"When the starting pitcher gives you the chance to win the ballgame, more times than not you've got to win that ballgame," manager Eric Wedge said.
The 3-1 loss to Washington was characterized by poor hitting from the Tribe, but it wasn't an isolated incident. The Indians' bats were silent at critical times throughout the final Interleague series of the season.
Pinch-hitters came to the plate a total of eight times in the series. They recorded four strikeouts, hit into two double plays plus a popout and a groundout.
"[Pinch-hitting] is something that you obviously don't do a great deal of in the American League, but that's still no excuse," Wedge said. "We've got guys who do a good job of staying in the game mentally and are capable of doing that."
The starters didn't fare much better, and on Sunday, the Indians' first six batters combined for just one hit, a single from Travis Hafner.
"We all stunk this weekend," third baseman Casey Blake said. "That's just the way it is. We've got a long way to go."
Perhaps most disappointing was the feeling the team had squandered a quality start from Westbrook. Returning from injury, he threw seven innings, allowing three runs on seven hits.
He accomplished that with only 88 pitches, and the radar gun consistently clocked his fastball in the 90s.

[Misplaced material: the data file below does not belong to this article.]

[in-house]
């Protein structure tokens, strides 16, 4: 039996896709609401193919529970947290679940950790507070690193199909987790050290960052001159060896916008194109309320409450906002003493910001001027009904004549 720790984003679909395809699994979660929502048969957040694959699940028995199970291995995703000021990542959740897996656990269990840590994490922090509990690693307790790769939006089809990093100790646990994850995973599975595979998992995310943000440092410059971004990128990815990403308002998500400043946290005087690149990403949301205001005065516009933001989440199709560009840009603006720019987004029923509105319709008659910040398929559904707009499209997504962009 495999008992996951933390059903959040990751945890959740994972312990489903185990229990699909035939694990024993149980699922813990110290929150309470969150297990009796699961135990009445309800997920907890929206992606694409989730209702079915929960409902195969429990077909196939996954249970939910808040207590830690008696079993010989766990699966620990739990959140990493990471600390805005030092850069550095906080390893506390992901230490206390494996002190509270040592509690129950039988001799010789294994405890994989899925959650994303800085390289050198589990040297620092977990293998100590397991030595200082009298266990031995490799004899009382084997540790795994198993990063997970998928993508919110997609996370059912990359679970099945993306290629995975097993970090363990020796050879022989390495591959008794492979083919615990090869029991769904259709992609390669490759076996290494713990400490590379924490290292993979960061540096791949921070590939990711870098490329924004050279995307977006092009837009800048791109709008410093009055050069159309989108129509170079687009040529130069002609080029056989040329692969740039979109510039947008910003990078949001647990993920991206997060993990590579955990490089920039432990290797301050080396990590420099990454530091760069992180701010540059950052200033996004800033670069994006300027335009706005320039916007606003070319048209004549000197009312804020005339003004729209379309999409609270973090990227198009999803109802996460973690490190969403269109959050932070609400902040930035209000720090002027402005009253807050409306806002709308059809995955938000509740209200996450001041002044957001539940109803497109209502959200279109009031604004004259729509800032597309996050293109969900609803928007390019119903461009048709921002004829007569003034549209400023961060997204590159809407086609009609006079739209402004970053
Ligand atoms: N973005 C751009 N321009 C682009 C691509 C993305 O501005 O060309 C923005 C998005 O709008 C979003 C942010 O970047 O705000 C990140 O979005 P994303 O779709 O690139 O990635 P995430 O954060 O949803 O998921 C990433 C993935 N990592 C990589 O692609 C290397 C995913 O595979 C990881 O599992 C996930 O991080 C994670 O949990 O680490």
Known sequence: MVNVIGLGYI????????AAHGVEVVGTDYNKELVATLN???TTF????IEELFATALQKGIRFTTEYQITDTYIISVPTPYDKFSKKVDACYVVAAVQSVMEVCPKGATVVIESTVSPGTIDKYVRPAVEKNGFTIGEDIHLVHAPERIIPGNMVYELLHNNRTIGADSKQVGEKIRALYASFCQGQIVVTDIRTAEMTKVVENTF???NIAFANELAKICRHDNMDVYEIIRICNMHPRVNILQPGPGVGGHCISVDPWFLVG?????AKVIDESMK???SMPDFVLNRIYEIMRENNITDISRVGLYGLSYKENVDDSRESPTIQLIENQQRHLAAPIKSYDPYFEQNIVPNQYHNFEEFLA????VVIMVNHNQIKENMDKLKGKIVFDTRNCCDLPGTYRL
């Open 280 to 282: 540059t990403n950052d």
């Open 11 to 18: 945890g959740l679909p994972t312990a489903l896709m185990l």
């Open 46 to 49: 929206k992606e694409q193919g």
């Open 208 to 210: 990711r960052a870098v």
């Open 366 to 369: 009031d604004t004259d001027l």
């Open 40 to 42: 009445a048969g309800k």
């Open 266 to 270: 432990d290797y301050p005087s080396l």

"He really set the tone early with his sinker and the way he commanded the ball on the plate," Wedge said. "It's easy to get geared up when you haven't pitched for a while, but he's been under control and has done a great job."
Westbrook sent coaches into a momentary panic in the second inning, when Dmitri Young hit a line drive off of the pitcher's wrist. It left a small bruise, but nothing serious enough to take him out of the game.
Westbrook had been out of the lineup since May 2, when he injured his left oblique muscle. Since then he made four rehab starts, with mixed results.
"The first two rehab starts, I was all over the place, but the third one was good," he said. "The last one wasn't bad, I just wasn't aggressive."
He said that he felt prepared for his return, although he had to fight to keep every run off the board when he saw the Tribe's tally lying stagnant.
The team's lone offensive score was a solo home run from Franklin Gutierrez in the fifth inning. He hit a deceptively long pop fly on a 3-2 pitch that found its way over the wall in left-center field.
Washington countered with three runs spread out over the course of the game. Young scored two, and Ronnie Belliard added the third.
After dropping the series, the Indians finished Interleague Play with a 9-9 record, which puts them below the American League average as well as their Central Division rivals.
The Indians return home in a new position, as a second place team searching for offensive production. Casey said that the Indians will put in the practice time until they're able to get the offense going again.
"We're competitive," he said. "And when you don't get it done, you feel like you let the team down."
Michael Phillips is an associate reporter for MLB.com. This story was not subject to the approval of Major League Baseball or its clubs.